Fondazione Lisio is a non-profit organization dedicated to preserving the traditions of of weaving silk velvet and brocade on jacquard looms, which are probably two of the most intricate and fascinating techniques I have ever seen woven. We were very fortunate to have one of the fantastic and very knowledgable instructors, Julie Holyoke, who was willing to give us a guided tour of the school while there were about 10 students working on the looms. The girl pictured above was creating a velvet. The loom is two “stories” high (you can see the ladder to the top level in the photos below). The students plot out a pattern and then key it into the cardboard punch cards, which are a very simple kind of computer program which helps the loom know which threads to move up and down for each row of the pattern. We talked to one of the students who was making her punch cards that day and she was concentrating very hard to make sure she kept them in the right order. On this loom, the warp threads are all on individual spools because when weaving a velvet, you need to be able to pull up the extra warp to make the velvet pile. For each row of velvet, the weaver inserts a tiny brass slat that pulls up the warp threads to make a loop of a certain height. A few rows are woven to hold them in place and then the weaver runs a razor blade along the top of the metal slat and hand cuts each row of pile. You can see a photo on their website here. Seriously.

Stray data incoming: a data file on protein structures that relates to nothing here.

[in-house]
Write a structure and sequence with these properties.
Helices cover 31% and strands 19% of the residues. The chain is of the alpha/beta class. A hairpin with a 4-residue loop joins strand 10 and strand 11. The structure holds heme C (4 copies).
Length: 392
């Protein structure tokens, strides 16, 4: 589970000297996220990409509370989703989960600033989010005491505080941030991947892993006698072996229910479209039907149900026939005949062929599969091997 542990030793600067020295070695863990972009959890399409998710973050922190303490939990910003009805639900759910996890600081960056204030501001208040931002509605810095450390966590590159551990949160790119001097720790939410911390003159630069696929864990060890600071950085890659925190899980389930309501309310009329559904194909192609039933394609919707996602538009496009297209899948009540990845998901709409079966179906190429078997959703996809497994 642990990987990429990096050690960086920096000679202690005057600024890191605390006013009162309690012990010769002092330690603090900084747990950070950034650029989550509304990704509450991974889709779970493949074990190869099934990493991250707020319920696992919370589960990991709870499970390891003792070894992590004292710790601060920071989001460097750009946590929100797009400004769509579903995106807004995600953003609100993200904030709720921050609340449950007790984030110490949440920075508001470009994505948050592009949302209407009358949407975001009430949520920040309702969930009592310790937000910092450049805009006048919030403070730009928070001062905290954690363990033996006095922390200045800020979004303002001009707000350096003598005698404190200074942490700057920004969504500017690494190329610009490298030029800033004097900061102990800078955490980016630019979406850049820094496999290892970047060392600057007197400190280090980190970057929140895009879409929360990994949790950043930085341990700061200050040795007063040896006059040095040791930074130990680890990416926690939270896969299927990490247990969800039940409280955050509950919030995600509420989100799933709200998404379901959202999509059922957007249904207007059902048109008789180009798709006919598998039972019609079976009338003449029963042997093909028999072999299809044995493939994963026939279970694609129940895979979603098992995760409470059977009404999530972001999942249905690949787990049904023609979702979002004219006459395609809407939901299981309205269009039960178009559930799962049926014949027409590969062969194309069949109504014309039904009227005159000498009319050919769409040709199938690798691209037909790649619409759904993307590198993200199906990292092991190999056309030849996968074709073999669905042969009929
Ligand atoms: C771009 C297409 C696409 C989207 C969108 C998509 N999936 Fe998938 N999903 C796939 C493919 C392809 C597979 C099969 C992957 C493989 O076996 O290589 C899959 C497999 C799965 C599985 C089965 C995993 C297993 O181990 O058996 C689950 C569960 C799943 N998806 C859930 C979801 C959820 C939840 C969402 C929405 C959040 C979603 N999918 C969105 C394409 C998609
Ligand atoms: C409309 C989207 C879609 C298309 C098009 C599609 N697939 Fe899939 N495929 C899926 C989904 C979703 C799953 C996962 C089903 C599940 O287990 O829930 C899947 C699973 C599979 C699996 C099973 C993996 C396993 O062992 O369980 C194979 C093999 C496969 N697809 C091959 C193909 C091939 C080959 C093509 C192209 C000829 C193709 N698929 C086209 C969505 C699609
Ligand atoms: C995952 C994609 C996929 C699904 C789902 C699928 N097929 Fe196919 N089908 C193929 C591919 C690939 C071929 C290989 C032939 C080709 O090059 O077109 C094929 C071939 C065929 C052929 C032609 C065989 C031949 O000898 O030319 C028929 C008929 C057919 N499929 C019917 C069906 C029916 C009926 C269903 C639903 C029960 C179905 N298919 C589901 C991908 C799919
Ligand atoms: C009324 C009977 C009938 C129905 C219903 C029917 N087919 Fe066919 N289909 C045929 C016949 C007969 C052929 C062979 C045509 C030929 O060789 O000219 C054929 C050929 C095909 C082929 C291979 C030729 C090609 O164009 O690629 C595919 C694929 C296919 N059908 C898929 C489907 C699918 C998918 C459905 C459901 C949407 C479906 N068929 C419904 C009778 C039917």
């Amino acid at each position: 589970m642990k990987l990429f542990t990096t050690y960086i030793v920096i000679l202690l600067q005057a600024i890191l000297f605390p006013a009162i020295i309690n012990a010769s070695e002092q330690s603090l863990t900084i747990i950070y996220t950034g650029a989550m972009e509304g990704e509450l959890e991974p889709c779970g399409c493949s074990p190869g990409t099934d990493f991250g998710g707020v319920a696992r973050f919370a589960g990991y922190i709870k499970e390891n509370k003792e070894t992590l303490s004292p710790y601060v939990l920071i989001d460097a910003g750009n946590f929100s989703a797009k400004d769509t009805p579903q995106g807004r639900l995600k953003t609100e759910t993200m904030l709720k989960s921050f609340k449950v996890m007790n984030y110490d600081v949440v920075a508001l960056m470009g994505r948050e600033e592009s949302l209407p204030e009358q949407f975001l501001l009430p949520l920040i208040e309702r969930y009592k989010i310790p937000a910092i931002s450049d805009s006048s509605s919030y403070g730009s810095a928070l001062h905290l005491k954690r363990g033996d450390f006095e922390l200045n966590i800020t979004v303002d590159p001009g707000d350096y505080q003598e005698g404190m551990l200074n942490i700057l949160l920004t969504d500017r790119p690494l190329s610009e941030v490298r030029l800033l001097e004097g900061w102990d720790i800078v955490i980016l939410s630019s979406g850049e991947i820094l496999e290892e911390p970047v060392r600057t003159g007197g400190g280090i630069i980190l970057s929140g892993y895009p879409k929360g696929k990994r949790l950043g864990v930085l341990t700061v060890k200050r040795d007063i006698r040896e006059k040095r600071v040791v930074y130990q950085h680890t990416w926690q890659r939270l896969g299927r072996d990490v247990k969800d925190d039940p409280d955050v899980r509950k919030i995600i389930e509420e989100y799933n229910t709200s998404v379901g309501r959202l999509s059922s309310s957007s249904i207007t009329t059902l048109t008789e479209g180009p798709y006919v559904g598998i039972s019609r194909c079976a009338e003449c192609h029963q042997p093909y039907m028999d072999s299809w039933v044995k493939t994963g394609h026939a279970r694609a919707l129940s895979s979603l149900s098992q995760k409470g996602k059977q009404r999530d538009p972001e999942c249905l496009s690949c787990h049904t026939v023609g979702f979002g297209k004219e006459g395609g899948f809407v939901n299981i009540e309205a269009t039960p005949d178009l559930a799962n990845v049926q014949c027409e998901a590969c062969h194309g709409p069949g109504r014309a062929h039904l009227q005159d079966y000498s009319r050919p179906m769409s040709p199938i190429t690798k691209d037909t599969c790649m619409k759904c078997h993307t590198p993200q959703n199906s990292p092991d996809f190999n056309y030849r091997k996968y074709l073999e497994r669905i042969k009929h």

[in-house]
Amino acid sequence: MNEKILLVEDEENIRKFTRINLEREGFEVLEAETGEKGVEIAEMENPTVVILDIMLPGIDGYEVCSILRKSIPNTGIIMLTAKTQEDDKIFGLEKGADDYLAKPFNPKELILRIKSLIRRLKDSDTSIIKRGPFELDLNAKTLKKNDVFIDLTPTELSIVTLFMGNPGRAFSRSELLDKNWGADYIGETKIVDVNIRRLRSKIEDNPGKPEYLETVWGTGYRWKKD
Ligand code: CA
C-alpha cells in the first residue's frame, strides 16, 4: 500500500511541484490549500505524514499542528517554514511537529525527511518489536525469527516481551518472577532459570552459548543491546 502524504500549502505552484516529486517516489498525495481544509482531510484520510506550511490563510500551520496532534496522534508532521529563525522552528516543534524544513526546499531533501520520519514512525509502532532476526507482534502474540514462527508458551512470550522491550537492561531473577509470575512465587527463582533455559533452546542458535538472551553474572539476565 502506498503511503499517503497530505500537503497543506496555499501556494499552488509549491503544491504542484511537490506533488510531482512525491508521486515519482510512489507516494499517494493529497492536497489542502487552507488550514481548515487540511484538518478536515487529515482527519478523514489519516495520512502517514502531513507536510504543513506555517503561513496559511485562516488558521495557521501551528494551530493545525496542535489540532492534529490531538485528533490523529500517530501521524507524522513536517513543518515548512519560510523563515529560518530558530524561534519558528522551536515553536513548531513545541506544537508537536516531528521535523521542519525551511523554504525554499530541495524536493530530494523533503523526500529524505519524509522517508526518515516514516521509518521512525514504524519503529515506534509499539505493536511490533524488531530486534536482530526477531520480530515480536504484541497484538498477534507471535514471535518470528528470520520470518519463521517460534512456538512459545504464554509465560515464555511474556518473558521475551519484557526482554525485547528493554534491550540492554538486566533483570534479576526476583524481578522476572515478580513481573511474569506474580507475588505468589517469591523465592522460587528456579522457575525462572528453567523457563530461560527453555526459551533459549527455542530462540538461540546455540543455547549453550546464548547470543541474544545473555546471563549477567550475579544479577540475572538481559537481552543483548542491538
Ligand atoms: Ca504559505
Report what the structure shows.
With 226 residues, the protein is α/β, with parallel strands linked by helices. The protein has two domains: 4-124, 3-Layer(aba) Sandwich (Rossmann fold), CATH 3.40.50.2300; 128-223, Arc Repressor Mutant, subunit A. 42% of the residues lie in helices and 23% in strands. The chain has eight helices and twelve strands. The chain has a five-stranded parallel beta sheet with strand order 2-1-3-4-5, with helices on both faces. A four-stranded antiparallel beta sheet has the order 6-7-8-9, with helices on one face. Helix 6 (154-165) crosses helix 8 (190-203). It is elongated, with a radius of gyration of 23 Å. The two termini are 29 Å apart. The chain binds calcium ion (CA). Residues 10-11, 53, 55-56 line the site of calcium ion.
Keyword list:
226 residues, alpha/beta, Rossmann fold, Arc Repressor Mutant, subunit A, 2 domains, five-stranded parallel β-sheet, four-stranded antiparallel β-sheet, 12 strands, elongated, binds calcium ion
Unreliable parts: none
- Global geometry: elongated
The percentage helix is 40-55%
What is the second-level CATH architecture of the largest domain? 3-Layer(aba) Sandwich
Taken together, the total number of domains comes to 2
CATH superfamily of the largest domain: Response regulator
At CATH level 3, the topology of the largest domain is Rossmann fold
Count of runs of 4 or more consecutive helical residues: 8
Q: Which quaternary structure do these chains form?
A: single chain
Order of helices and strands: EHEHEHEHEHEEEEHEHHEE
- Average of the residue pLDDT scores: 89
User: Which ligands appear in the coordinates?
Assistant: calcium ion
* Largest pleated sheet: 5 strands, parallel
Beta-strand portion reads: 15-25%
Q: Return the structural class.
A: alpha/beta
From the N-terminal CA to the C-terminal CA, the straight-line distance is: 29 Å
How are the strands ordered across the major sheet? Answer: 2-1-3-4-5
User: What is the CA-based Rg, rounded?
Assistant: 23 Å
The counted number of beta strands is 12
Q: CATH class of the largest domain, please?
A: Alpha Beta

The students were all young and most were there filling some kind of course requirement for their college program. I didn’t talk to many of them as they were very busy working, but they come from all over the world to study at Lisio. The photos below are fabrics made at the school. The top left was the last bit of a commission they had done for Versailles. They had a sketch and had reproduced a textile that had been worn out or damaged. This was also a cut velvet, but the background was solid silver threads. If you got at the right angle to look at the piece, it was like a mirror. The velvet pattern was in a sky blue over top of the silver background. The bottom left was a bag woven for Fendi. The Lisio has a great partnership with Fendi to make an exclusive woven purse for them every year. This one in the photo was woven with silk, raffia and brocaded flowers and others had feathers and all kinds of other fanciful designs. Fendi has an awesome video here and you can watch the weaver cutting the velvet. I saw the weaver working on next year’s Fendi bag, but I am sworn to secrecy. ;)